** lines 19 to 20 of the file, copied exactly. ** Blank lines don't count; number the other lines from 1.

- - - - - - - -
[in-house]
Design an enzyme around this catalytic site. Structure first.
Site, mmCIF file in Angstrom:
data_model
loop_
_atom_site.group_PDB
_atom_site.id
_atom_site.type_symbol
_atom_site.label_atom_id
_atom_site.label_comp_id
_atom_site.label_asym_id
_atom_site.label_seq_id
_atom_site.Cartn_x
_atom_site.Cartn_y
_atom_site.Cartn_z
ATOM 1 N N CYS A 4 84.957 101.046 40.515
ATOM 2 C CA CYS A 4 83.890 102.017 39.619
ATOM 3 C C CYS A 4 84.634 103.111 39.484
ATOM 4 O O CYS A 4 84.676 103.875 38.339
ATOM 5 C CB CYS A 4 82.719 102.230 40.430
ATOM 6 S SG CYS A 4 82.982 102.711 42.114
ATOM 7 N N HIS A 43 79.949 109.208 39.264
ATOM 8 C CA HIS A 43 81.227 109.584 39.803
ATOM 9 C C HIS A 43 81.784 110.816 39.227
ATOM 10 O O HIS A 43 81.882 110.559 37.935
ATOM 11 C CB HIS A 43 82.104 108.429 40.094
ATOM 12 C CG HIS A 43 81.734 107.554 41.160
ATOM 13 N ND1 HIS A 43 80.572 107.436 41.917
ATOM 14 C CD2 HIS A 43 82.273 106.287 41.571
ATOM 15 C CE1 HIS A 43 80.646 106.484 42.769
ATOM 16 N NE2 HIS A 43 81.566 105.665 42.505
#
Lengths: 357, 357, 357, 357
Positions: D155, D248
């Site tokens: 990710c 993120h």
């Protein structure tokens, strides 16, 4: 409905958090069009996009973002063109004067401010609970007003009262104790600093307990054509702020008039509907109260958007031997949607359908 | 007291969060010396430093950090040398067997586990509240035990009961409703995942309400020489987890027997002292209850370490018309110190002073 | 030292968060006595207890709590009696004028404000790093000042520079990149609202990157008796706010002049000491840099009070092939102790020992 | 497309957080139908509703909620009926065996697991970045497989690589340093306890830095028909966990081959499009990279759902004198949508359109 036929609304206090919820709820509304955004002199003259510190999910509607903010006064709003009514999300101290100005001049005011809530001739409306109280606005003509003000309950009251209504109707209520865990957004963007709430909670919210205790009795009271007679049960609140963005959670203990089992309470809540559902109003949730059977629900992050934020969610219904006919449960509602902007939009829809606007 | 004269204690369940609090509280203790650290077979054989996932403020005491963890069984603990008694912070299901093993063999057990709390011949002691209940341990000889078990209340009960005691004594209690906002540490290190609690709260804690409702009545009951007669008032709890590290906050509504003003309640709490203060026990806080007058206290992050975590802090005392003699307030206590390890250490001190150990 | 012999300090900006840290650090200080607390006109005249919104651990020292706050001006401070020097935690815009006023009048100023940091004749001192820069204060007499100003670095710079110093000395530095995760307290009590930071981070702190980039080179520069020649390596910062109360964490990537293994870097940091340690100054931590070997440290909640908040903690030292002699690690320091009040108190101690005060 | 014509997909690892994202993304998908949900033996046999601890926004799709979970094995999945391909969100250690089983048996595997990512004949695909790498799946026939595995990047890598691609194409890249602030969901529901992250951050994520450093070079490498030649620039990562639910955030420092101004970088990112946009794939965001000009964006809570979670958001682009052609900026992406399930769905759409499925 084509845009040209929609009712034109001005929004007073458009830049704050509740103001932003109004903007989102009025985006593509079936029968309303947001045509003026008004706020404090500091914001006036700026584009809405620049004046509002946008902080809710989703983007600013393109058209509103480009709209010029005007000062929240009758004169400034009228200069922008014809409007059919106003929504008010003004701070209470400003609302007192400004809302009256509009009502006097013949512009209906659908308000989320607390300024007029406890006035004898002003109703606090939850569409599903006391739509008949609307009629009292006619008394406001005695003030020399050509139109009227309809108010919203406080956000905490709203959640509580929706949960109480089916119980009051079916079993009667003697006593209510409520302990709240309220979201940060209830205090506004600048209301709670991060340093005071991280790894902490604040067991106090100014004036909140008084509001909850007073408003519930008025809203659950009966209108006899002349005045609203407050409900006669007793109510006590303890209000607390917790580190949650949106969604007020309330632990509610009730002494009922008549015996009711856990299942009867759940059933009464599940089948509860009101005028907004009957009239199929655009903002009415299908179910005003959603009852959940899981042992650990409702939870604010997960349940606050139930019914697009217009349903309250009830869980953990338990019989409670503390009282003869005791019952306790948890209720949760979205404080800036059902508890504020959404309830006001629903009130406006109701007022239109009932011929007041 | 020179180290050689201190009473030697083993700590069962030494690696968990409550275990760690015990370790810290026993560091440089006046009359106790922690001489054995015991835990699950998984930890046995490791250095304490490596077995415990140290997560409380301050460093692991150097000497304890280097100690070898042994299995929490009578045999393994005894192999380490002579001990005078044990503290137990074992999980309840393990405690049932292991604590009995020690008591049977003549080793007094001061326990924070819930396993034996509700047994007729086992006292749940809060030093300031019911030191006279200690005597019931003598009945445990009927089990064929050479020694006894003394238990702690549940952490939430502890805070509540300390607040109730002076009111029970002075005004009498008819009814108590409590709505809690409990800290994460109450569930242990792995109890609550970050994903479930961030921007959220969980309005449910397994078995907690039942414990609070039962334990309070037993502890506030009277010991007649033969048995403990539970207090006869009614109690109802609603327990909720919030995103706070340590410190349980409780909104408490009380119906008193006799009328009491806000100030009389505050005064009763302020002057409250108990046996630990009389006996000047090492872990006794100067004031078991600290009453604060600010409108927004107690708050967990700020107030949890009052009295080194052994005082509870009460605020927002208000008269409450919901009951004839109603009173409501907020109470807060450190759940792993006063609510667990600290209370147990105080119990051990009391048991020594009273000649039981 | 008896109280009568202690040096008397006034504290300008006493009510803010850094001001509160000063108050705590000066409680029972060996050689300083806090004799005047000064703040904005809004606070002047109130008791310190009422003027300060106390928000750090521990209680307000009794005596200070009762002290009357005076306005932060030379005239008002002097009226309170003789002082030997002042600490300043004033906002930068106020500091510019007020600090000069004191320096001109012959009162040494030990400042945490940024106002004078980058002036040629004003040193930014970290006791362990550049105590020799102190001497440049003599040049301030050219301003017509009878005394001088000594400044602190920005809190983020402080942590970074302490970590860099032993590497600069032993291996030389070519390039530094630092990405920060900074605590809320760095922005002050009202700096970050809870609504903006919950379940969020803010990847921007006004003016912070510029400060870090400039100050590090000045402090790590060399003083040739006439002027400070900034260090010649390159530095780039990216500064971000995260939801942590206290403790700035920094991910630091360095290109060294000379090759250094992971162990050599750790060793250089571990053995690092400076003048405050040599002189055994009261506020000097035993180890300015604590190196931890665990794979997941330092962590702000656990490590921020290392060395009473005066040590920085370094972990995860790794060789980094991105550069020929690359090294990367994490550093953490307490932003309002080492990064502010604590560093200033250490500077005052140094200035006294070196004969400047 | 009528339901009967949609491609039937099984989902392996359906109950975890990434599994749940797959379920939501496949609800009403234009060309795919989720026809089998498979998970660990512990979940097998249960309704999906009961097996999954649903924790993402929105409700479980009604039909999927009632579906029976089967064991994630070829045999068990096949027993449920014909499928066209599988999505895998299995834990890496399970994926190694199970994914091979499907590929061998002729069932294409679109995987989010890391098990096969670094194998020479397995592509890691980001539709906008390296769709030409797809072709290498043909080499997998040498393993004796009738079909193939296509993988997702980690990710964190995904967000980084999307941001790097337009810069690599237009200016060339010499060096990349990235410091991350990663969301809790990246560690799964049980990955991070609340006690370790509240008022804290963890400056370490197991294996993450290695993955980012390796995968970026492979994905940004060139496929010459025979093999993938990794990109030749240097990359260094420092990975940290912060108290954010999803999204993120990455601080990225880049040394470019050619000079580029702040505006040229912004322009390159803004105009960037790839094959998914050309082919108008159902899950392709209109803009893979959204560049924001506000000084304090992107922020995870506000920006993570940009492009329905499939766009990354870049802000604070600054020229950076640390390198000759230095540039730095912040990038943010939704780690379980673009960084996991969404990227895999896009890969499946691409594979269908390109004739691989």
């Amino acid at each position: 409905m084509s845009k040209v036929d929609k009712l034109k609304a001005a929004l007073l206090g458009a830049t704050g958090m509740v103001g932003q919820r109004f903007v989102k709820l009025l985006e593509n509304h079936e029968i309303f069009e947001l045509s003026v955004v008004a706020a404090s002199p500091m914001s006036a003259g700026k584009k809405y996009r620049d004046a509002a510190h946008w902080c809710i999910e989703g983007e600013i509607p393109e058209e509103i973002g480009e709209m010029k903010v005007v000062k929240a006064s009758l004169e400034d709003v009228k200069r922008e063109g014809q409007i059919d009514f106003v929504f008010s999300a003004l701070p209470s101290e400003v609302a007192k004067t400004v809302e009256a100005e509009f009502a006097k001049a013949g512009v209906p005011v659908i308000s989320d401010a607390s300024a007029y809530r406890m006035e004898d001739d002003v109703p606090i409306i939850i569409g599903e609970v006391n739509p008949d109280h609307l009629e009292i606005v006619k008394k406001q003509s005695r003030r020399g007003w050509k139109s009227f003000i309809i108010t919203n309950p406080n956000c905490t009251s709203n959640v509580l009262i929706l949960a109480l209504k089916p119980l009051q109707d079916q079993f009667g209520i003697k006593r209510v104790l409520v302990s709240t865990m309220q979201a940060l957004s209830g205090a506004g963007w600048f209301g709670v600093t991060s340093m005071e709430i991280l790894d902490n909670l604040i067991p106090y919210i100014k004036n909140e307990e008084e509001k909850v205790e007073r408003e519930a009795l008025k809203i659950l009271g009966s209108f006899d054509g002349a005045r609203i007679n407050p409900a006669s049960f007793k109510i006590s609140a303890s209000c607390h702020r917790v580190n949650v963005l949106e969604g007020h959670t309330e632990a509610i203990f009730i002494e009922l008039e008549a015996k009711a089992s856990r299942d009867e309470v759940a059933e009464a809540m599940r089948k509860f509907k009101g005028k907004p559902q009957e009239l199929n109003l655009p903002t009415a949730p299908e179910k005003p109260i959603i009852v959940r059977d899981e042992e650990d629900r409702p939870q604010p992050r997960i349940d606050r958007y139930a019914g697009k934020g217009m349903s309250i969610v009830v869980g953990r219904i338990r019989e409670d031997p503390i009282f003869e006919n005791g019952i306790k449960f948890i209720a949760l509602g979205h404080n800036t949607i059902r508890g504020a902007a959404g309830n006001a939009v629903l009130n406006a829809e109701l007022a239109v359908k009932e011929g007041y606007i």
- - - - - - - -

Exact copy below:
ATOM 4 O O CYS A 4 84.676 103.875 38.339
ATOM 5 C CB CYS A 4 82.719 102.230 40.430